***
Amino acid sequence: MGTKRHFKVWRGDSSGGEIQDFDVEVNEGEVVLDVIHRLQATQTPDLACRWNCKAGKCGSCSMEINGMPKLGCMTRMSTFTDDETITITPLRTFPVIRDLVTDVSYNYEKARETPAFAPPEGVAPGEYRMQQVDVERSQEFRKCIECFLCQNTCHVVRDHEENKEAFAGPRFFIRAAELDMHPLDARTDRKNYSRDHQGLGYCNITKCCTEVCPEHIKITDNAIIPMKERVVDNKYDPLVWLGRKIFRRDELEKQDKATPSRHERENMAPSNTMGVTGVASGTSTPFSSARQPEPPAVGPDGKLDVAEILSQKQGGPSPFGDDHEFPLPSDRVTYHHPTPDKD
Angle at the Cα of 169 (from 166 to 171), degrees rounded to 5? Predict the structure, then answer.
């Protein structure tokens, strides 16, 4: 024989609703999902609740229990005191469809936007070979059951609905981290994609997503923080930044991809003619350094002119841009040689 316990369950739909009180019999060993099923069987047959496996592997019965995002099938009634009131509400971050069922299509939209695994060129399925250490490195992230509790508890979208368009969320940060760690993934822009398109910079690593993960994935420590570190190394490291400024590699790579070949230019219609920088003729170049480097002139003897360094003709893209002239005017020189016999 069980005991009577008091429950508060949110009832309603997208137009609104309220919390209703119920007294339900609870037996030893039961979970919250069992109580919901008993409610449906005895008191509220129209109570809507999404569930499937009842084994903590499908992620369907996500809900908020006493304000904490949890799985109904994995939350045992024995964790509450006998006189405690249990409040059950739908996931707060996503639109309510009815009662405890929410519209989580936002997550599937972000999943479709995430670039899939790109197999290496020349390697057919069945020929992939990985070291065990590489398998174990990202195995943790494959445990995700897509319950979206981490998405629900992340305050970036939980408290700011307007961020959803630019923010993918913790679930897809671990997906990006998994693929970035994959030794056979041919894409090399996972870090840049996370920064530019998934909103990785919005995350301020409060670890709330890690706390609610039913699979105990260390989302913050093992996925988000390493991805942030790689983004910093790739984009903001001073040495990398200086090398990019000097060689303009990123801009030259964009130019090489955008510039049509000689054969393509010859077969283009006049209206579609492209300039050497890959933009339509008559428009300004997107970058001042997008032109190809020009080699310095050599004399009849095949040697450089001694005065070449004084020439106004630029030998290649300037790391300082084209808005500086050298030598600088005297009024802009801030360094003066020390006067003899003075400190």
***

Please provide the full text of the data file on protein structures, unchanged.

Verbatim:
Amino acid sequence: MGTKRHFKVWRGDSSGGEIQDFDVEVNEGEVVLDVIHRLQATQTPDLACRWNCKAGKCGSCSMEINGMPKLGCMTRMSTFTDDETITITPLRTFPVIRDLVTDVSYNYEKARETPAFAPPEGVAPGEYRMQQVDVERSQEFRKCIECFLCQNTCHVVRDHEENKEAFAGPRFFIRAAELDMHPLDARTDRKNYSRDHQGLGYCNITKCCTEVCPEHIKITDNAIIPMKERVVDNKYDPLVWLGRKIFRRDELEKQDKATPSRHERENMAPSNTMGVTGVASGTSTPFSSARQPEPPAVGPDGKLDVAEILSQKQGGPSPFGDDHEFPLPSDRVTYHHPTPDKD
Angle at the Cα of 169 (from 166 to 171), degrees rounded to 5? Predict the structure, then answer.
């Protein structure tokens, strides 16, 4: 024989609703999902609740229990005191469809936007070979059951609905981290994609997503923080930044991809003619350094002119841009040689 316990369950739909009180019999060993099923069987047959496996592997019965995002099938009634009131509400971050069922299509939209695994060129399925250490490195992230509790508890979208368009969320940060760690993934822009398109910079690593993960994935420590570190190394490291400024590699790579070949230019219609920088003729170049480097002139003897360094003709893209002239005017020189016999 069980005991009577008091429950508060949110009832309603997208137009609104309220919390209703119920007294339900609870037996030893039961979970919250069992109580919901008993409610449906005895008191509220129209109570809507999404569930499937009842084994903590499908992620369907996500809900908020006493304000904490949890799985109904994995939350045992024995964790509450006998006189405690249990409040059950739908996931707060996503639109309510009815009662405890929410519209989580936002997550599937972000999943479709995430670039899939790109197999290496020349390697057919069945020929992939990985070291065990590489398998174990990202195995943790494959445990995700897509319950979206981490998405629900992340305050970036939980408290700011307007961020959803630019923010993918913790679930897809671990997906990006998994693929970035994959030794056979041919894409090399996972870090840049996370920064530019998934909103990785919005995350301020409060670890709330890690706390609610039913699979105990260390989302913050093992996925988000390493991805942030790689983004910093790739984009903001001073040495990398200086090398990019000097060689303009990123801009030259964009130019090489955008510039049509000689054969393509010859077969283009006049209206579609492209300039050497890959933009339509008559428009300004997107970058001042997008032109190809020009080699310095050599004399009849095949040697450089001694005065070449004084020439106004630029030998290649300037790391300082084209808005500086050298030598600088005297009024802009801030360094003066020390006067003899003075400190």